Texas Court of Appeals upholds the constitutionality of the statute giving a Good Samaritan immunity to emergency care providers

Gardner v. Childrens Medical Center of Dallas — S.W.3d —, 2013 WL 2389854 (Tex. App. – Dallas)

Section 74.154 of the Texas Civil Practice and Remedies Code exempts providers of hospital emergency care from liability for malpractice that falls below “willful and wanton negligence.”  This exemption parallels the “Good Samaritan” immunity granted by many states to unpaid providers of medical care (see, e.g., Chamley v. Khokha, 730 N.W.2d 864 (N.D. 2007) (both actual and expected remuneration preclude medical care providers from claiming immunity under North Dakota’s Good Samaritan Act)).

This exemption was challenged by the parents of a child whose treatment in a hospital emergency room resulted in brain damage, cerebral palsy and blindness. They argued that the exemption violates equal protection and is therefore unconstitutional. The parents first made this argument at the trial, urging the judge not to give jurors the “willful and wanton” instruction. The judge decided to give the instruction as required by the statute. The jury returned a verdict for the defendants, and the parents appealed. Their equal protection challenge was based on the fact that the statute singled out hospital emergency personnel as its sole beneficiary. Other providers of emergency care did not receive the special exemption.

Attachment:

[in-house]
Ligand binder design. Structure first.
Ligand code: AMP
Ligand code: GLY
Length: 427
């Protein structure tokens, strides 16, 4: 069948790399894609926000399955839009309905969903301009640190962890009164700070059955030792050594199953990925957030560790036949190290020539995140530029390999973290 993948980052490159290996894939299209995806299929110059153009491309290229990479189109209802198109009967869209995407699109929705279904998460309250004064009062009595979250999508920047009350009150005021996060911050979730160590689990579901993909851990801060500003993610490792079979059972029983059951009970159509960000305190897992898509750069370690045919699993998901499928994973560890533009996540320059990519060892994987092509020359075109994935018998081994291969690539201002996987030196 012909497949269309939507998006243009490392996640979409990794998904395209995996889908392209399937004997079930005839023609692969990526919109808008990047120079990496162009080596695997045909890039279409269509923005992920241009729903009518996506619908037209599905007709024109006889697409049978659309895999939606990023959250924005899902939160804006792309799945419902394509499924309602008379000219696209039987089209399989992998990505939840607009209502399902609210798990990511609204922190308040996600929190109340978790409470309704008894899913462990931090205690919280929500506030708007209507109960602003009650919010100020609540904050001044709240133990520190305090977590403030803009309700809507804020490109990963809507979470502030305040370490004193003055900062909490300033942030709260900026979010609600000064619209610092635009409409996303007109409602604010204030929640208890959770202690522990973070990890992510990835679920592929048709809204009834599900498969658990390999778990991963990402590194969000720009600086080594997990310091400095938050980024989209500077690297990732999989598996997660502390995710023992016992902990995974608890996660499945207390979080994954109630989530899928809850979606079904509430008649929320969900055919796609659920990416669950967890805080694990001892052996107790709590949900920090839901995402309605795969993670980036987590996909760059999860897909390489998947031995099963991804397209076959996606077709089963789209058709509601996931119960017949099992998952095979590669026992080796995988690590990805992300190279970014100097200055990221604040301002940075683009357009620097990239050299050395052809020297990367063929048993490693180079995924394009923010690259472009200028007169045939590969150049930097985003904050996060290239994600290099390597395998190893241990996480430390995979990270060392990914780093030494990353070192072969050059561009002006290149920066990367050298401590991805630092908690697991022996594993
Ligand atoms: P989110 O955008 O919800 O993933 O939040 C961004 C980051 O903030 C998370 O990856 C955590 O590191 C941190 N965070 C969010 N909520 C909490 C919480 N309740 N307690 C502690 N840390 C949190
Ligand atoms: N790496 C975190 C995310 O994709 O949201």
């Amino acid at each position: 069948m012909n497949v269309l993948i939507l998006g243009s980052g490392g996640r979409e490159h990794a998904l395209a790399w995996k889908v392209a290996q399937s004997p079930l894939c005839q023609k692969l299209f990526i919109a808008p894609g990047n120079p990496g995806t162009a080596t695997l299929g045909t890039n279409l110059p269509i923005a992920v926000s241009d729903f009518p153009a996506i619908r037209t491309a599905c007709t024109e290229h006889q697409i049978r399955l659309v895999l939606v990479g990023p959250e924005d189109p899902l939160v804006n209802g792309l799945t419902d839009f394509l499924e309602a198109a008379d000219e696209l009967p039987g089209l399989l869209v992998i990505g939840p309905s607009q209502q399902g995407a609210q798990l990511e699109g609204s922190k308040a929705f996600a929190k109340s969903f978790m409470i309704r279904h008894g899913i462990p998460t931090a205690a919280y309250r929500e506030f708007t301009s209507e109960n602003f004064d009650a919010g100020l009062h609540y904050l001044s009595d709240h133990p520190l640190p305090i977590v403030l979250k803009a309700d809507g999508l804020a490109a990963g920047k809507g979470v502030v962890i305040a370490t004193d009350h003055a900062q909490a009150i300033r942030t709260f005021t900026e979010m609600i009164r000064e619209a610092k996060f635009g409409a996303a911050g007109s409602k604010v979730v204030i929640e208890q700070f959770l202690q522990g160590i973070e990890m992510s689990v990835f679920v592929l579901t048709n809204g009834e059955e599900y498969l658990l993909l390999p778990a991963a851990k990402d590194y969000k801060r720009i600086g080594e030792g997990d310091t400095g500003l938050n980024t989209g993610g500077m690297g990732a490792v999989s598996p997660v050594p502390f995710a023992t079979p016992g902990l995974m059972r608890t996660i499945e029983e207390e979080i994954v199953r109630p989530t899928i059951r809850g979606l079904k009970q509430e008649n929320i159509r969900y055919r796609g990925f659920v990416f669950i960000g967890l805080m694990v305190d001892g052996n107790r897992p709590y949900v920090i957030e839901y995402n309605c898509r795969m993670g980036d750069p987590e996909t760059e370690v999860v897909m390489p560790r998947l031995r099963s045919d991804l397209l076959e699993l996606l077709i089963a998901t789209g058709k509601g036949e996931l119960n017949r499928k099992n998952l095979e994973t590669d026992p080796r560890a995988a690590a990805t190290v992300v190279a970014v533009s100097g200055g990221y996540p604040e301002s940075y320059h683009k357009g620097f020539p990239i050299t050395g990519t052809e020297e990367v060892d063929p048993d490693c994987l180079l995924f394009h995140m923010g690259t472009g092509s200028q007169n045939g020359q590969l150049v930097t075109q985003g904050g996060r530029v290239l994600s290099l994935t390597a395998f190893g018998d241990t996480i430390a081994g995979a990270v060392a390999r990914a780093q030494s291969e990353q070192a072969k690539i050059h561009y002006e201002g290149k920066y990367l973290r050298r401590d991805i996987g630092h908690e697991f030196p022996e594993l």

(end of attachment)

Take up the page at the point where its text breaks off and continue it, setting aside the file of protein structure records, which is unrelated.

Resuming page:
The Texas Court of Appeals (Dallas) ruled that the exemption is constitutional and dismissed the appeal. The court reasoned that extending a Good Samaritan immunity to emergency care providers allows those providers to purchase insurance against malpractice liability at an affordable price. Affordable insurance incentivizes physicians and other medical personnel to do emergency work under difficult conditions. As the court explained, “emergency room physicians [are] required to treat anyone who walked into an emergency room, often without benefit of medical history, and under extreme time pressure.” The court wasn’t troubled by the statute’s differentiation between patients receiving emergency care in a hospital emergency room and patients that receive emergency medical care in a non-covered setting. The court decided that this disparate legal treatment does not fail the requisite rational-basis review even though it produces “some inequity” on the ground.